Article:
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Conjunction - But

Conjunction - But

 

 

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Conjunction - But

Hello! In this lesson, we will learn how to use the conjunction "but". As we have learned in previous lessons, a conjunction joins two words, phrases, or clauses. The conjunction "but" indicates a contrast between two terms.  Let us learn how to use the conjunction "but", and then we will listen to a dialog and hear how it is used.


The conjunction "but" can be used to show the contrast between two words. For example, we might say "David likes beef, but not vegetables.", or "Mrs. Smith drinks coffee, but not tea.".We notice in these sentences with the conjunction "but" that we do not need to repeat the subject and verb if they are shared by the two clauses. For example, we could have said "David likes beef, but David does not like vegetables.".

We could also have said "Mrs. Smith drinks coffee, but Mrs. Smith does not drink tea.".  
The conjunction "but" can also be used to contrast two phrases. For example, we might say "David enjoys playing football, but not watching TV.", or "Jennifer likes driving to work, but not going by bus.".  We could repeat the subject, but we do not have to, since it is shared by both clauses. For example, we could say "David enjoys playing football, but David does not enjoy watching TV.".

We could have said "Jennifer likes driving to work, but Jennifer does not like going to work by bus.".
The conjunction "but" can also be used to contrast two entire clauses or sentences. For example, we could say "Jennifer likes vegetables, but David likes beef.". We can see the contrast between the two clauses.

The conjunction "but" provides an efficient way of referring to the previous clause without repeating it. For example, we could have said "Jennifer likes vegetables. David does not like vegetables. David likes beef.".So we can see that using conjunctions can streamline our language use.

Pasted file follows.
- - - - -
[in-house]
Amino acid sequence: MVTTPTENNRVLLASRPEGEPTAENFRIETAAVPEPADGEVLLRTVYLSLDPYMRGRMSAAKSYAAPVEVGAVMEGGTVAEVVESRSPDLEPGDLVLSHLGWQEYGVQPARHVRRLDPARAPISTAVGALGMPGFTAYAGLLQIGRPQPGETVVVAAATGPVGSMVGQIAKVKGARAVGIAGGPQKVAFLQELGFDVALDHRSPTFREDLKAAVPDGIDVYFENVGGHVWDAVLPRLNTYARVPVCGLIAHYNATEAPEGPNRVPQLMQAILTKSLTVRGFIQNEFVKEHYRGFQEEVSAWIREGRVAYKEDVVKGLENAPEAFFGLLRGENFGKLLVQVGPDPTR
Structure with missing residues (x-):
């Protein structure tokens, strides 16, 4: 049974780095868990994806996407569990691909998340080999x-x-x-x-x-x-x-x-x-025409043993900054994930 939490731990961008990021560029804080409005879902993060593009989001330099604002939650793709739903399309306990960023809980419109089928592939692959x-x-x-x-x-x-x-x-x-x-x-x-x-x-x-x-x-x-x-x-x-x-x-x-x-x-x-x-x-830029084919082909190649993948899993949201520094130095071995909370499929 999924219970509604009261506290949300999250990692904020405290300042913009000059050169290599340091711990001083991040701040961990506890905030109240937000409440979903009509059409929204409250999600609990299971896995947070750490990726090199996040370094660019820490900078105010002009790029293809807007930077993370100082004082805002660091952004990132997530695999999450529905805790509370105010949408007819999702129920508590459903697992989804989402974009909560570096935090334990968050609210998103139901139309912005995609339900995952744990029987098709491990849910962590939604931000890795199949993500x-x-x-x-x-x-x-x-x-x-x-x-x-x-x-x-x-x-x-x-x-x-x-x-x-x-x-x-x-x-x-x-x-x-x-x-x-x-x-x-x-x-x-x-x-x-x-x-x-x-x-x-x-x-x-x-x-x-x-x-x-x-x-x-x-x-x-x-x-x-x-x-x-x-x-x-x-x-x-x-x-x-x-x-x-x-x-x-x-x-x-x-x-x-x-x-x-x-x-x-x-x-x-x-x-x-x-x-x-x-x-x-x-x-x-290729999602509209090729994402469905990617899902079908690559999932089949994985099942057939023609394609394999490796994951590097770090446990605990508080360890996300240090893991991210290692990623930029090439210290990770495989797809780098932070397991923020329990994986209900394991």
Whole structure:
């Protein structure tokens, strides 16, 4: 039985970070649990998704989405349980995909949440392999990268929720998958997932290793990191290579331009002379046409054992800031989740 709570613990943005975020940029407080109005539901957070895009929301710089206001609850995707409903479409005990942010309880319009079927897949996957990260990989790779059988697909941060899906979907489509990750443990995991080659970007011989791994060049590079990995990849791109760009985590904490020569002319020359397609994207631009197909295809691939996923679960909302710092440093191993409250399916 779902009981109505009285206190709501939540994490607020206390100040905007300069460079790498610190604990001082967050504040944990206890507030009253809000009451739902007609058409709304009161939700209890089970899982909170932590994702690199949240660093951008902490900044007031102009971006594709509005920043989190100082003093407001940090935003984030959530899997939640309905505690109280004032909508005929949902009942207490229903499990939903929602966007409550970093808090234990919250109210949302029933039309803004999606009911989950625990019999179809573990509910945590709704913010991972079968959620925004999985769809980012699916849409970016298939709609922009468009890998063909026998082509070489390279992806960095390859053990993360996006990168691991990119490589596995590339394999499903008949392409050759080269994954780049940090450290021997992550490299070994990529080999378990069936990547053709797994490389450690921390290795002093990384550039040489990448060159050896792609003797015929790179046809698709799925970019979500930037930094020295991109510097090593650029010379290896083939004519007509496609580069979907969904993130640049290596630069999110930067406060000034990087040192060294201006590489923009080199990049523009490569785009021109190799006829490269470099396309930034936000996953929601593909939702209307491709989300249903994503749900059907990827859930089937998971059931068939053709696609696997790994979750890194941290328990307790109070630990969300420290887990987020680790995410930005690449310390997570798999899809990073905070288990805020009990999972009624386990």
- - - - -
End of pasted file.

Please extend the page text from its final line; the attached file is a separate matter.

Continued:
Listen to the dialog. Jennifer wakes up at midnight and realizes that David is in the living room.

Jennifer:  It is midnight, but you are not sleeping.

David: I am tired, but cannot sleep.

Jennifer:  Are you sick?

David:  I am not sick, but I do not feel good.

Jennifer:  Do you want some milk?

David: I want some milk, but not cold milk.

Jennifer: I will bring it, but it will be a few minutes.

Jennifer starts this conversation by saying "It is midnight, but you are not sleeping.". Notice the implied contrast in the statement. Jennifer could have said "It is midnight. You are usually sleeping at midnight, but you are not sleeping now.".

David replies "I am tired, but cannot sleep.".The contrast between the two statements is clear. David could have said "I am tired, but I cannot sleep.". But since the subject is the same in both sentences, he does not need to repeat the subject "I".

After Jennifer asks "Are you sick?", David replies, "I am not sick, but I do not feel good.". He could have said "I am not sick, but do not feel good.", since the subject, "I", of the two sentence is the same. Again, we see that the conjunction "but" helps us contrast two ideas. After Jennifer asks "Do you want some milk?",

David answers "I want some milk, but not cold milk.". He could have said "I want some milk, but I do not want cold milk," but since the subject and verb are the same in both clauses, he does not need to repeat them. Again, we see the implied contrast between the two sentences. The complete thought is "I want some milk. The milk is in the refrigerator. The refrigerator is cold. The milk is cold. I do not want cold milk."   

Jennifer responds "I will bring it, but it will be a few minutes.". She might have said "I will bring the milk. The milk is cold. I will make the milk warm. It will be a few minutes."  So we can again see that the conjunction "but" streamlines communication.

Now that we have an idea of how the conjunction "but" works, let us listen to the dialog again. Listen to the contrasts and the implied contrasts.

Jennifer: It is midnight, but you are not sleeping.

David: I am tired, but cannot sleep.

Jennifer:  Are you sick?

David:  I am not sick, but I do not feel good.

Jennifer:  Do you want some milk?

David: I want some milk, but not cold milk.

Jennifer: I will bring it, but it will be a few minutes.

Great! You have learned another little word with great importance and power. The conjunction "but" will help you explain and clarify your thoughts and opinions with more finesse and clarity. Use it to provide contrast and nuance to your conversations in English.